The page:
"Wanna" ransomware outbreak. Please see this Sophos article sophos.com/kb/126733 for advice on how to protect your organization. Immediate action recommended.
While in most cases it is possible to remove threats centrally with Enterprise Console, or locally with Sophos Anti-Virus and/or SAV32CLI, sometimes the problem keeps coming back.
Applies to the following Sophos product(s) and version(s) Sophos Anti-Virus for Windows 2000+ 7.6.21
While cleaning the infected computer, use an uninfected computer for internet searches, downloading utilities, etc. Save any tools to CD-Rs or write-protected thumb drives or memory cards before taking the write-protected media to the affected computer.
First, you need to know whether the computer is being reinfected from outside, or if the Trojan has somehow survived the scan on the computer. Read the virus analysis for possible clues to the problem, and check the following:
Unplug the computer from any networks, including the internet, and remove any cards, drives, disks and peripherals. Then repeat the scan. If the Trojan is removed, ensure that your computer is fully patched, and that all of your security software is up to date. See Returning your computer to normal use.
If the computer is already completely isolated from other computers and external media, and it is still infected when rebooted, or files can't be removed in Safe Mode with Command Prompt, go straight to part 5.
It is possible that the source of infection is on media that you may not be scanning, and that access to that medium takes place when the computer starts up. Media to check for include USB cards and removable drives. To be completely safe, also detach mobile phones, digital cameras, printers, and other peripherals with memories.
If the problem appears to be another piece of equipment, restart it. Then check any memory cards, etc. that it uses. Backup any data on the card (e.g., photos to CD), then reformat the memory card.
If the Trojan is removed, ensure that your computer is fully patched, and that all of your security software is up to date. See Returning your computer to normal use.
If there are any other computers on your network, check them for Trojans. Ensure that you scan shared folders or directories used by other computers, for example, shared folders on Macs, Samba shares on Linux computers, or NetWare shares.
If the infection appears to have come from the internet via a network connection (cable or WiFi), you will need to block the source of infection before going back to the internet.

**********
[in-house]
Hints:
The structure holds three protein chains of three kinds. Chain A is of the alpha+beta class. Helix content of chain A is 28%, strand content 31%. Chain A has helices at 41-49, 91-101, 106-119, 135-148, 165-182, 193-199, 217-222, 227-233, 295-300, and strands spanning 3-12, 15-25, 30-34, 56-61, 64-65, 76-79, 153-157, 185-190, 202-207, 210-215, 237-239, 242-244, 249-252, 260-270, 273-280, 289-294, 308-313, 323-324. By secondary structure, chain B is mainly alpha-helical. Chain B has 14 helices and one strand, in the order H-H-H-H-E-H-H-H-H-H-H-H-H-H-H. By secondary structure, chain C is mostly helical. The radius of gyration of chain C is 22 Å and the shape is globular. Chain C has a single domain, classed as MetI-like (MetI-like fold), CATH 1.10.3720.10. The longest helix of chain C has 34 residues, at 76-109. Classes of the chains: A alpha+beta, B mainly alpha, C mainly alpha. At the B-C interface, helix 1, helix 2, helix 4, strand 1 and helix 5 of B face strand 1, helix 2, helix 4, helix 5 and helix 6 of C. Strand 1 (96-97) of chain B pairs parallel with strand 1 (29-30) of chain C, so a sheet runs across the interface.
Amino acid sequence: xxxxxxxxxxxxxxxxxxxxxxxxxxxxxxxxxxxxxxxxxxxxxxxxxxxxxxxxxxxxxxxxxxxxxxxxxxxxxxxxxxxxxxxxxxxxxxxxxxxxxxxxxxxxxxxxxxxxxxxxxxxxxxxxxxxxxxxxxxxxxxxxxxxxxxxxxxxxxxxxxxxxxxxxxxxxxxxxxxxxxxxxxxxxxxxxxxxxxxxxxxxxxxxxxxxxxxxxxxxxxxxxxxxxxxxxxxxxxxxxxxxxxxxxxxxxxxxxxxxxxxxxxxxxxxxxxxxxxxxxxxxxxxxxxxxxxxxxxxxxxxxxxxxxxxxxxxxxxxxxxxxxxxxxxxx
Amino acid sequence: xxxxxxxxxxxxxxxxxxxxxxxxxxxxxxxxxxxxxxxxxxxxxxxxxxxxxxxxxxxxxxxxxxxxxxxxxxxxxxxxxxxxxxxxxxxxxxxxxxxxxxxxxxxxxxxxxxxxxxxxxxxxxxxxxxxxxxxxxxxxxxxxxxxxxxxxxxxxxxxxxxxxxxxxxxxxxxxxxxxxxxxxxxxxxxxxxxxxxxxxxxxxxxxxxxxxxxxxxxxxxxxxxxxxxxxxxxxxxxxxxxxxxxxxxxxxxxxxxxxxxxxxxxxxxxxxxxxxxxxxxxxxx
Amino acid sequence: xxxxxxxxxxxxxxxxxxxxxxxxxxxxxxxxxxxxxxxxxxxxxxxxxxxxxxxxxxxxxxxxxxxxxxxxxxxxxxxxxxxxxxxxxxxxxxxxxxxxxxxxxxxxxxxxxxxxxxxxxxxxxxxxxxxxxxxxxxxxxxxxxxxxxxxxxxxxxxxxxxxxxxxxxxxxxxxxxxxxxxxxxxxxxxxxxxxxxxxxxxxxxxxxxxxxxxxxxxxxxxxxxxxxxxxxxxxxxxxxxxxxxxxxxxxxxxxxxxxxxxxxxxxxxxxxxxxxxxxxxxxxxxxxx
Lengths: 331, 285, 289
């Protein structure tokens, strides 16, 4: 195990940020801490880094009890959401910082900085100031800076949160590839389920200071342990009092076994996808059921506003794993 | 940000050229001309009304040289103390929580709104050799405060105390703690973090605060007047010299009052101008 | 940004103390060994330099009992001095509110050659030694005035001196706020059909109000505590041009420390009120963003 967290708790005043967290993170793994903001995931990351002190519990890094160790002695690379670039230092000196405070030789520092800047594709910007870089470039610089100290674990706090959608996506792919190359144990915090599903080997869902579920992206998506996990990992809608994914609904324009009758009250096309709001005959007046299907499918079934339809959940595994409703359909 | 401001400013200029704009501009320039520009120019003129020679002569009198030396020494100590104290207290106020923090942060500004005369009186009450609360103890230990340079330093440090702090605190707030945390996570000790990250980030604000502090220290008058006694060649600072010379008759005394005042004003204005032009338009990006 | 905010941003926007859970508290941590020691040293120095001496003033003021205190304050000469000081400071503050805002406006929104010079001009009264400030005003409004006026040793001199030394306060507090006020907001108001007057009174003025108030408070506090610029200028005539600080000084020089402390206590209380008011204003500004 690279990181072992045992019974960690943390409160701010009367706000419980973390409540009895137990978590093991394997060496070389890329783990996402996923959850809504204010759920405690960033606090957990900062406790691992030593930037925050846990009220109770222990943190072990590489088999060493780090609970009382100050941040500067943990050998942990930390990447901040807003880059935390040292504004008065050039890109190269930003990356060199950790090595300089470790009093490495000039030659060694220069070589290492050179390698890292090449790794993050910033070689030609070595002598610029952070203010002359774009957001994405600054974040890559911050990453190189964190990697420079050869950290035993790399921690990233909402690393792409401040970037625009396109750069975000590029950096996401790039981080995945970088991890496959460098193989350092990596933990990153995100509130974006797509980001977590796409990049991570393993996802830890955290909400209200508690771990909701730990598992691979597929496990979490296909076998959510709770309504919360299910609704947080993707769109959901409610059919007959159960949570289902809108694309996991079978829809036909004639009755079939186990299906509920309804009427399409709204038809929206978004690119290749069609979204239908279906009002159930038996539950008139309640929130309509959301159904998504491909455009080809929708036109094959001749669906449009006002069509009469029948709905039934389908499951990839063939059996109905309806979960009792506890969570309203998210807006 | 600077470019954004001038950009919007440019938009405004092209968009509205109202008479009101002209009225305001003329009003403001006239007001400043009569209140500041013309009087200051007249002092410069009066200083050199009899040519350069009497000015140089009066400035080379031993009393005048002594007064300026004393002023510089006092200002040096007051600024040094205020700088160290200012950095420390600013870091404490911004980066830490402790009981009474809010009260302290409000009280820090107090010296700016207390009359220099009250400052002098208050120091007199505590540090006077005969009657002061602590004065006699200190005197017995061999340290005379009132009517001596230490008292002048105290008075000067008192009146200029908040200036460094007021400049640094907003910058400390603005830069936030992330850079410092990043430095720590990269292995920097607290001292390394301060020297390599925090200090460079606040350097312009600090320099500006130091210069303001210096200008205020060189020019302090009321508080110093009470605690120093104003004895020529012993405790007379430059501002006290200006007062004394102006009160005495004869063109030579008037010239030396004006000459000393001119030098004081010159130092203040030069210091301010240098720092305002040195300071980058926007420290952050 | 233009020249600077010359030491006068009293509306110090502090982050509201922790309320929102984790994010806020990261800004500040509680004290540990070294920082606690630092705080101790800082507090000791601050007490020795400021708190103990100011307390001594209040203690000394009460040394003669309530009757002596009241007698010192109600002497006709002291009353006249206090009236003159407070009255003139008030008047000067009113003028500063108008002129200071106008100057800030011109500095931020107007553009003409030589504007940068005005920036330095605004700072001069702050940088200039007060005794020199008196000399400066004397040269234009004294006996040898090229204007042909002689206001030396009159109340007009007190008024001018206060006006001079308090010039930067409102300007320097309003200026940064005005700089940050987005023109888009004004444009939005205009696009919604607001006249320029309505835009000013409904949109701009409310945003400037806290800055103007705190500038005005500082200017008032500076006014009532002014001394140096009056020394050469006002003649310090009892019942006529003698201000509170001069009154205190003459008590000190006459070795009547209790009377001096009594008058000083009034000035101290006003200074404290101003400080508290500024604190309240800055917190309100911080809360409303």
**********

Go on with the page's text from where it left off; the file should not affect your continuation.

If a browser hijacker has infected your computer, you could install an alternative web browser before using the internet again. Do not import settings and saved pages when doing this.
See below for other hints on counteracting the effects of browser hijackers.
If the problem file lies on the local computer, you need to know if it could not be deleted, or if it is somehow recreating itself.
Before you follow the advice below:
It may prove quicker to back up your data and reinstate your computer to its original state than to fully reverse the effects of a Trojan. See reinstalling Windows.
For more information on using Safe Mode with Command Prompt, see article 21486.
If the file could not be deleted by a scan in Safe Mode with Command Prompt, it is being held open by the operating system, or it is in System Restore.
You might be able to remove the file manually by using the Windows recovery console:
Alternatively, in some circumstances you can prevent the file from starting when the computer boots. See registry entries below.
Threat files are usually executables (programs). However, there are some tricks that can be used to convert another file type into an executable file before running it. If a scan of executable files in Safe Mode with Command Prompt does not detect the threat file, try an 'all files' scan that does not delete anything first time around.
To run a logged 'all files' scan with SAV32CLI type
SAV32CLI -ALL -P=C:\LOGFILE1.TXT
Take care if you remove files with an 'all files' scan. You might remove mailboxes with one infected email in them, or archive files containing only one infected file among many others. Moreover, such files are unlikely to have been the source of infection. To remove and log files with an 'all files' scan, type
SAV32CLI -ALL -REMOVE -P=C:\LOGFILE2.TXT
For extra information on using SAV32CLI, see Scanning options with SAV32CLI.
Once you have got rid of the file, you should still try to find out what was starting it. This will reduce the chance of reinfection. See below.
Registry entries will probably have been added or changed by the Trojan. These could call something that you can't find.